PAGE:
MANILA - Business groups opposed a rebidding for the Cavite-Laguna expressway (CALAX), which President Benigno Aquino on Wednesday said he was considering amid a dispute over the June bidding.
The dispute stems from San Miguel being disqualified from the bidding due to a typographical error in its bid, which it said was for P20.1 billion. A partnership between the Ayala and Aboitiz groups submitted the top bid of P11.7 billion. San Miguel appealed to Malacanang.
"I am inclined to think that a re-bid will be the proper course of action on this particular issue," Aquino said at a forum of the Foreign Correspondents Association on Wednesday.
Business leaders said that would send a wrong signal.
"The original bid was conducted properly and although it is within any bidder's right to appeal, any intervention by Malacanan politicizes the matter and distracts investor confidence in the PPP [Public-Private Partnership] program of the government," said Greg Navarro, president of the Management Association of the Philippines.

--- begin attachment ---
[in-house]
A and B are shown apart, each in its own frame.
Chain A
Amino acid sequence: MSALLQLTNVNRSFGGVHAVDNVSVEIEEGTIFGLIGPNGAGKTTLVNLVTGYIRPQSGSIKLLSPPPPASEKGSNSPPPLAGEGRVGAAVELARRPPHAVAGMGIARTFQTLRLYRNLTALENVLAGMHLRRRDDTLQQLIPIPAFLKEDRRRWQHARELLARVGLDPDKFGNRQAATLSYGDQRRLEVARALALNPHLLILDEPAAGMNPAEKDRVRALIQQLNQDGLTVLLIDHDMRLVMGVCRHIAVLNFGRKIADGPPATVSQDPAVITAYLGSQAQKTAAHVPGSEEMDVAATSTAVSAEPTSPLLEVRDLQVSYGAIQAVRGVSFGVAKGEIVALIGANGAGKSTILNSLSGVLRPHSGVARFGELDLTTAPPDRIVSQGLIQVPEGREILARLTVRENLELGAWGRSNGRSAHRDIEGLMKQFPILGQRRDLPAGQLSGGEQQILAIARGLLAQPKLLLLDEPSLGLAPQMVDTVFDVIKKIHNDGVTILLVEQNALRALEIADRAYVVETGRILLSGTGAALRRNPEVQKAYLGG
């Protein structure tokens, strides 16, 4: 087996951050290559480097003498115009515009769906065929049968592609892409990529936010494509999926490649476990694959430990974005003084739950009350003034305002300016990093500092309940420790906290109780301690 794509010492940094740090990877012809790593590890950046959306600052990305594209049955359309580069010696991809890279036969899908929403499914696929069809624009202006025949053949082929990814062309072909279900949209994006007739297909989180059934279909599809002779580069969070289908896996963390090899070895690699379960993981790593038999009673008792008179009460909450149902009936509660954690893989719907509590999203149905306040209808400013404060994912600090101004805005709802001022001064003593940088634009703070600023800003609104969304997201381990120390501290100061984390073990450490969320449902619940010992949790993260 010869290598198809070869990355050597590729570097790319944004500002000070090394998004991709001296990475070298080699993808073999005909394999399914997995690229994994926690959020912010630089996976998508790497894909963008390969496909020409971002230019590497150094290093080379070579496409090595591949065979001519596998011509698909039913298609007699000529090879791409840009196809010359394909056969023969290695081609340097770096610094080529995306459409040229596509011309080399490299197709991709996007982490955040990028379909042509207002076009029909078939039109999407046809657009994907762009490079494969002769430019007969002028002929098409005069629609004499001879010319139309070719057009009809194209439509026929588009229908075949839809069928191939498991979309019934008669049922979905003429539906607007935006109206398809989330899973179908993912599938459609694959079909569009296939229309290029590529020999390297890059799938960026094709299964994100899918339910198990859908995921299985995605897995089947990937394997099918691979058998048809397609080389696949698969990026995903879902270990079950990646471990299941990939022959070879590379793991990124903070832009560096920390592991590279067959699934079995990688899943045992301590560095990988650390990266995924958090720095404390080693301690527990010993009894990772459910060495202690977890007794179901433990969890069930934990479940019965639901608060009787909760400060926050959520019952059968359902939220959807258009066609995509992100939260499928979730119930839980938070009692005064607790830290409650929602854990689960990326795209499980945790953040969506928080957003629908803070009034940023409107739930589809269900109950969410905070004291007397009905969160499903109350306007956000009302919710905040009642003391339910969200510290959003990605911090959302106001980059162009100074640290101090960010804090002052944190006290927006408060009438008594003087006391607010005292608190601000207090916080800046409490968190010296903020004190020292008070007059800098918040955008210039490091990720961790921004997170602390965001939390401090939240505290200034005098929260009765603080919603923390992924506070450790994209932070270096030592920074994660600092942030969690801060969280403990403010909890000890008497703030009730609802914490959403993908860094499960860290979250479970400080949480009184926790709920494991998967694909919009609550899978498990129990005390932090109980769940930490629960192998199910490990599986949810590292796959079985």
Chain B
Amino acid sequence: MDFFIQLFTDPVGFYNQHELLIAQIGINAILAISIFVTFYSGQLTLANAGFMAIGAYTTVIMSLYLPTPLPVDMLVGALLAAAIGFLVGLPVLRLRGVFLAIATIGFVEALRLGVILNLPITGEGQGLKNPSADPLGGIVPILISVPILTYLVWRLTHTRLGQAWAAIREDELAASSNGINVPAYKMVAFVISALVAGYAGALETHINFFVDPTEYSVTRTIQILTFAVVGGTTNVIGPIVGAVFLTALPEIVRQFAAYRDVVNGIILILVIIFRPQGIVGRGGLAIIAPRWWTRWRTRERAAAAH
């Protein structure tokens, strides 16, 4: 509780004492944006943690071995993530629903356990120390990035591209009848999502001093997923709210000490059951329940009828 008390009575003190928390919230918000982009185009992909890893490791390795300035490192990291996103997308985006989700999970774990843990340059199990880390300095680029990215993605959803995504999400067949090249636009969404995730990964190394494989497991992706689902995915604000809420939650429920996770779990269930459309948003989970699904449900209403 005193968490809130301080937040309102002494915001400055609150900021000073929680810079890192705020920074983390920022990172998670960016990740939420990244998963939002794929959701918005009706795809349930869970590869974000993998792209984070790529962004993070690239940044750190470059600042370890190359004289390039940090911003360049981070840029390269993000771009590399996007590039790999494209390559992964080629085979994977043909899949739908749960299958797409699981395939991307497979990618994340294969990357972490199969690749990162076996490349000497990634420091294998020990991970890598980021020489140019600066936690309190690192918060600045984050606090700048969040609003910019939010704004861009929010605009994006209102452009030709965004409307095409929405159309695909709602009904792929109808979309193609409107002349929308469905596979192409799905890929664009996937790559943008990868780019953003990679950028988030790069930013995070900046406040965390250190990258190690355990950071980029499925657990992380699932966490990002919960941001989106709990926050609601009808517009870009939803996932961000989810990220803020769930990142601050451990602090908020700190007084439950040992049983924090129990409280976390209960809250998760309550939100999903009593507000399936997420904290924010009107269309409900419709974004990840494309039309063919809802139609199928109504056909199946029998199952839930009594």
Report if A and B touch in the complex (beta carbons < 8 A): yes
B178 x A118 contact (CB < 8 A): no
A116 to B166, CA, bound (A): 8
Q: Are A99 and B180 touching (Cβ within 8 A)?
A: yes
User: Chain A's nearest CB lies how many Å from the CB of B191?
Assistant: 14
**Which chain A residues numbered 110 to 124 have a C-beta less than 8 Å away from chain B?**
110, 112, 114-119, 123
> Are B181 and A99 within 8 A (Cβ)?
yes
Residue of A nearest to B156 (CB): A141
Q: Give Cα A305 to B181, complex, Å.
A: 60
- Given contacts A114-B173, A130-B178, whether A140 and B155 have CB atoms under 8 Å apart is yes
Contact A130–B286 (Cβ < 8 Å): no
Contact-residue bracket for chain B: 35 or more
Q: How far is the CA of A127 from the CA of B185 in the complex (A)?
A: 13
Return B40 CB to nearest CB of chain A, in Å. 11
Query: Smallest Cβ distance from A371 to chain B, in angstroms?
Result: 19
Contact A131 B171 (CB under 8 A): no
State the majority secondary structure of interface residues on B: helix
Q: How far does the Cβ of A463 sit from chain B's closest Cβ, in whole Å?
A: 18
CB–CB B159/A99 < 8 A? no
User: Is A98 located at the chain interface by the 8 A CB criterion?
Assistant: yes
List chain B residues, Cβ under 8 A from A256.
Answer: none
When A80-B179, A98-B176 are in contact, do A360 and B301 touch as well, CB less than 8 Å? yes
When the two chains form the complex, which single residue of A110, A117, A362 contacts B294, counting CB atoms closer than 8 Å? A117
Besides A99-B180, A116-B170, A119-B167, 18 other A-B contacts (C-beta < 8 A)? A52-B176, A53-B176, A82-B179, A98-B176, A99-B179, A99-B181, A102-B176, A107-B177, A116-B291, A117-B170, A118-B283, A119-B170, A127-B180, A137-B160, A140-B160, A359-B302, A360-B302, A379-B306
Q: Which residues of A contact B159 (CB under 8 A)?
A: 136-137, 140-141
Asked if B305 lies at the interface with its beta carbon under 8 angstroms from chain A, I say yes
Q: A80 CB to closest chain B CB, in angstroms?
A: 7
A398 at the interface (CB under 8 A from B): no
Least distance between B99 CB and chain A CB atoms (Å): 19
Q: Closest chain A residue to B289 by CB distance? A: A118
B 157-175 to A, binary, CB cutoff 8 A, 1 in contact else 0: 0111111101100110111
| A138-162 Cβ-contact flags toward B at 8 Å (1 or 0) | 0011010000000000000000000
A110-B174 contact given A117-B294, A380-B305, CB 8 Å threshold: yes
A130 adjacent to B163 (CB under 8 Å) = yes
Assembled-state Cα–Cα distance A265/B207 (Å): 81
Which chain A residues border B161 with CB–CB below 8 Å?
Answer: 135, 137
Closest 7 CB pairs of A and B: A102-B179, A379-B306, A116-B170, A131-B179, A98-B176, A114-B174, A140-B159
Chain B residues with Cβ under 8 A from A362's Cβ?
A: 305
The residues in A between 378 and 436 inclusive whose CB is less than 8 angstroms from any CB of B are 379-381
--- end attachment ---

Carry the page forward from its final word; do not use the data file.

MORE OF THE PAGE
So far, most of the criticism about the PPP program is about bidding delays, though the government says many of these delays are requested by potential bidders. The biggest disputes so far, over the Mactan-Cebu airport and LRT-1 projects resulted in delayed awardings.
"I share the view that there is no legal basis for a CALAX rebid as the original DPWH process was conducted above board, transparently and in full compliance with the BOT law," said Makati Business Club head Ramon del Rosario, who is a director of Ayala Corp. "I also share the concern that a rebid will have a severe negative impact on investor confidence and the PPP Program and the entire bidding process. The government should uphold its own rules."
Peter Wallace, an adviser to foreign investors, said a rebid would raise questions.
"How can they do a new bid now that everyone knows everyone else's pricing?" Wallace said. "Won't this lead to a higher price for the project so we'll have to pay higher tolls for the winner to recover his investment? Will others even want to bid when SMC's bid is so much higher? What precedent does it set for future projects."
Not all business group leaders oppose a possible rebidding, though.
"San Miguel was excluded from the bidding process technically and the government was shortchanged of a very substantial amount. If President Aquino decides to rebid it, I will go with him," said Fred Yao, head of the Philippine Chamber of Commerce and Industry.